At once anachronistic, investigative and deeply morally invested, it’s easy to see a million and one ways in which Lucy Prebble’s A Very Expensive Poison could go deeply wrong. Of course, this makes it even more of a joy to see it done so incredibly right.
Frequently, it kind of annoys me when plays introduce a new visual or thematic technique or element, only to brush it off and move on seconds later and never return to it. Not so in A Very Expensive Poison. Even though it does just that – offers up all kinds of amazing staging and scenography often for less than a minute at a time – it feels more like the Old Vic itself stretching its muscles somehow. Look what it can do. Look what it can be. I suppose it also allows us to look at the stage and take in the narrative, if we have the mental and emotional space left. Personally, I would be content to simply stare at Tom Scutt’s amazing designs for the rest of the evening, or the rest of my life.
For a very large proportion of the stage time, this play feels more like a piece of cinema. The space is used to create locations so effectively that it really does feel like watching actors move around a film set as opposed to a stage. Of course, the story lends itself well to this. The now notorious tale of an ex-KGB insider fleeing to London before suffering from radiation poisoning at the hands of the Russian government borders on the unbelievable, because it is. The old saying goes that it’s better to show than to tell, but I think that this play proves that you really can weave both verbal and visual language together to even greater effect.
Within that, of course, there are moments which I can’t put immediate meaning to. The apparition and dismantling of three enormous puppet-type things representing Soviet politicians confuses me beyond measure, but also visually reminds me of the work of Jan Svankmajer, a Czech filmmaker whose creations were repressed by an earlier iteration of the same regime scrutinised in this play. The likelihood is that this had literally nothing to do with it, but the stylistic influences seem so numerous that it would hardly be surprising.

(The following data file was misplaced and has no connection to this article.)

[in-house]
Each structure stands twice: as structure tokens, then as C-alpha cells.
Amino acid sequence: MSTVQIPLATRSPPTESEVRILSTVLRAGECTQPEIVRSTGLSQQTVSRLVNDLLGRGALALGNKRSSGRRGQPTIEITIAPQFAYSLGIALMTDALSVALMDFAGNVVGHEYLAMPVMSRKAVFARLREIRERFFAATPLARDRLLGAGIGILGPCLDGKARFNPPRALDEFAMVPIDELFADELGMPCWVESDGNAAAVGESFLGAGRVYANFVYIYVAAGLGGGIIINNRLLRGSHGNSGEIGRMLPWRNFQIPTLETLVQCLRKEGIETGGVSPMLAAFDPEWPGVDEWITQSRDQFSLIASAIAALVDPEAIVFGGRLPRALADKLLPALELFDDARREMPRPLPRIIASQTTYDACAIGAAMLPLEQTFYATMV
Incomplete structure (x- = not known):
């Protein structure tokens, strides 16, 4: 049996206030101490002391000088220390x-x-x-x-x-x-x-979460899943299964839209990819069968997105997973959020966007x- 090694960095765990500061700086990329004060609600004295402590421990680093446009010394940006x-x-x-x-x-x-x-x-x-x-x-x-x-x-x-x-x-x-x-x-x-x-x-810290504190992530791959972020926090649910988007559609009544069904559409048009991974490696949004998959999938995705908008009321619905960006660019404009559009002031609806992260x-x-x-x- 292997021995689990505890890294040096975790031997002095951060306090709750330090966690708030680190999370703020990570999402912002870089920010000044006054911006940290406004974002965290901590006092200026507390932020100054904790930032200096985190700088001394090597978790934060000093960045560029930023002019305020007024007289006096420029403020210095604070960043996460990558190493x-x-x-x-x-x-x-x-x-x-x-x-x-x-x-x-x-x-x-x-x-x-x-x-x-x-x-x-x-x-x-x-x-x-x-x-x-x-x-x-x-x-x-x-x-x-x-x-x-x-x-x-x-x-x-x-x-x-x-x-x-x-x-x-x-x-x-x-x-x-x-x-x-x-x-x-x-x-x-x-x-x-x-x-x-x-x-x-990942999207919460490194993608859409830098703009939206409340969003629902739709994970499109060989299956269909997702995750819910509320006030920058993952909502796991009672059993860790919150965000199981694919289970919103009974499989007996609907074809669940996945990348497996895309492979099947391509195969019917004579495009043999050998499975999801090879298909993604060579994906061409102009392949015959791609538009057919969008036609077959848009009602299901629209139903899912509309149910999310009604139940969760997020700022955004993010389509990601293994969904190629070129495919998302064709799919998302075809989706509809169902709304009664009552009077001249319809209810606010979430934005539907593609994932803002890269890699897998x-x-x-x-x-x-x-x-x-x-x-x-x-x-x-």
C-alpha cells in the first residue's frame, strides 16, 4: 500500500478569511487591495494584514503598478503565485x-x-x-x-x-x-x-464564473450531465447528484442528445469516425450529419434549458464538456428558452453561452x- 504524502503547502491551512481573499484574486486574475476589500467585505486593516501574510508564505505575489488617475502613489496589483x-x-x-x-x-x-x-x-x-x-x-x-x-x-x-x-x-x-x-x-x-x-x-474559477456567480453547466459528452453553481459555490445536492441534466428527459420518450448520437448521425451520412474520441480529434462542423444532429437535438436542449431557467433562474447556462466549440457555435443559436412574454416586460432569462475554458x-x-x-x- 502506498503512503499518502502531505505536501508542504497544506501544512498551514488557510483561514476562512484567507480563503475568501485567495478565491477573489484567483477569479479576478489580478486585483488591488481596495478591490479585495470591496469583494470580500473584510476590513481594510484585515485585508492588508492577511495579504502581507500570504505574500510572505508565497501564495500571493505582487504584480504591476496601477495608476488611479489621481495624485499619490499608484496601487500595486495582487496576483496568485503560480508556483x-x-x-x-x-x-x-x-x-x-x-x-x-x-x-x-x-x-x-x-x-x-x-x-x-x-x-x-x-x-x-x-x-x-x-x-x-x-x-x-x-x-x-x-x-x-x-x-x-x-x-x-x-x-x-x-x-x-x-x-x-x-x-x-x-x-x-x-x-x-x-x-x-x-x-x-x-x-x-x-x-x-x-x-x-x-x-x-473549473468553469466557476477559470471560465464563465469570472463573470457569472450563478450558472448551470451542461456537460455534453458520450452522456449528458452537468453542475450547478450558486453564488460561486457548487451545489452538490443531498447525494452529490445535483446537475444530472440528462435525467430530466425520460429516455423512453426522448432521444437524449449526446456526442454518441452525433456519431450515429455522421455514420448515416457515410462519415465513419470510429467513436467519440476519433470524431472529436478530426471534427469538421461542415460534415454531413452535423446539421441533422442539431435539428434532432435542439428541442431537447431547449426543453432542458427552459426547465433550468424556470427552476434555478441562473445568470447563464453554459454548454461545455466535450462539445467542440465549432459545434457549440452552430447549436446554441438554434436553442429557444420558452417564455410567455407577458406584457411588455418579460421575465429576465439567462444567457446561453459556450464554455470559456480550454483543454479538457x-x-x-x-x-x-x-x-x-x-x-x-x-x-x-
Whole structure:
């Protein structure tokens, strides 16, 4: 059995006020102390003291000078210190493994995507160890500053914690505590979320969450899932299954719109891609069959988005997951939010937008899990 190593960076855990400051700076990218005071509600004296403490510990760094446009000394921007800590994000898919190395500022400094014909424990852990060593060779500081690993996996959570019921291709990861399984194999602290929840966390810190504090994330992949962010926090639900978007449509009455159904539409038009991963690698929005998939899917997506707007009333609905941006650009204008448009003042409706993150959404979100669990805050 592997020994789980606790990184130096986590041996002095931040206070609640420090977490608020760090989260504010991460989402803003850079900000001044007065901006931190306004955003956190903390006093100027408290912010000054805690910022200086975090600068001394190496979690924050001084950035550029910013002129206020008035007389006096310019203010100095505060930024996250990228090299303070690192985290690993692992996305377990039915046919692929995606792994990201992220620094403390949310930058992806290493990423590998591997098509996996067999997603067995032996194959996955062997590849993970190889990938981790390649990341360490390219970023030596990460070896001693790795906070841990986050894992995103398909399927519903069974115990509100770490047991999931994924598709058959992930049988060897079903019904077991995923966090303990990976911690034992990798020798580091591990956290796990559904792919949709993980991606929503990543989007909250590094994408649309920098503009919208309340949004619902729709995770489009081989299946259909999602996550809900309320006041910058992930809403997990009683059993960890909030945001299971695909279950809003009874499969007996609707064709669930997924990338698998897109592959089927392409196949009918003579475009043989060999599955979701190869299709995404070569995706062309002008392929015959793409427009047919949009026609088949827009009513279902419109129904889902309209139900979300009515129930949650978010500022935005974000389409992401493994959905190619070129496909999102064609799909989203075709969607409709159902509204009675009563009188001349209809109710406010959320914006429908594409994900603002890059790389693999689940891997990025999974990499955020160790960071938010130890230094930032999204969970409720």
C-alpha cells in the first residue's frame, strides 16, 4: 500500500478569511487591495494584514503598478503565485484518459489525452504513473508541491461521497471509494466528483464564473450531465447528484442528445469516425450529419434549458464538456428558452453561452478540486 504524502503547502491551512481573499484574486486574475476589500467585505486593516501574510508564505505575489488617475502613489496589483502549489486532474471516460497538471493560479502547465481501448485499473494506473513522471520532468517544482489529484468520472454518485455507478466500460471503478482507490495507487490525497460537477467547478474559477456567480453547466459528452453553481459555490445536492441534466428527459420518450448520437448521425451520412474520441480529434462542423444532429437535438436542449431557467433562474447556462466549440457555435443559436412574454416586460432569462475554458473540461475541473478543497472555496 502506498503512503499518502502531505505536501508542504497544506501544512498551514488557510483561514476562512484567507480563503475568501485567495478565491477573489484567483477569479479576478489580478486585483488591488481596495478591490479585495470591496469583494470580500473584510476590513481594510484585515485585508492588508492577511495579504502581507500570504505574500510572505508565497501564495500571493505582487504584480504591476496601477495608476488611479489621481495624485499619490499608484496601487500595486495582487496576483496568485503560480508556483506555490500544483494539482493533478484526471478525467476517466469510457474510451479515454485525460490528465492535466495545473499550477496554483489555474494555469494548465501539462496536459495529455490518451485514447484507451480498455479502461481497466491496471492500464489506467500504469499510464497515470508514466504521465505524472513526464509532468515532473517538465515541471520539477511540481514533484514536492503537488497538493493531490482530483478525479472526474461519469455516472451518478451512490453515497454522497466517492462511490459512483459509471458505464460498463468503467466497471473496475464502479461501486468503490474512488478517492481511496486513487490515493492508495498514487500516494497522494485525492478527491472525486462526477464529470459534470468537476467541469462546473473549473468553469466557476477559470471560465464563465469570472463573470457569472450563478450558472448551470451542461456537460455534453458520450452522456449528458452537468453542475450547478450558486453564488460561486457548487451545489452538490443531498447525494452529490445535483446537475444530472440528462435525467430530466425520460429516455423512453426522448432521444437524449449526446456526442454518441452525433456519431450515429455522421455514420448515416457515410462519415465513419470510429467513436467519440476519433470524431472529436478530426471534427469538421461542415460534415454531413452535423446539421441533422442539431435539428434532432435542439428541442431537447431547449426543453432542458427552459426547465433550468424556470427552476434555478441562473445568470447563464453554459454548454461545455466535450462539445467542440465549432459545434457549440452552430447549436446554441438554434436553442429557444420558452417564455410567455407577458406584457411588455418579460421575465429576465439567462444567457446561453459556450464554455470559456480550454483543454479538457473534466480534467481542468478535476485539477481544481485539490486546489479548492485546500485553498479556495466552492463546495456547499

Although the harrowing story of Marina and Alexander Litvinenko is at the heart of the play, it seems to act more as a catalyst for a moral discussion of what’s worth knowing, what we have a right to know, and who gets to decide what happened. However, Tom Brooke and Myanna Buring are indispensable, bouncing off one another to provide the stable core that this quite slippery play so heavily relies on.
It’s a draining nearly three hours, but more than worthwhile. In its visual and narrative worldbuilding, this is a genuinely brilliant piece of theatre.
A Very Expensive Poison is playing The Old Vic until 5 October. For more information and tickets, visit The Old Vic website.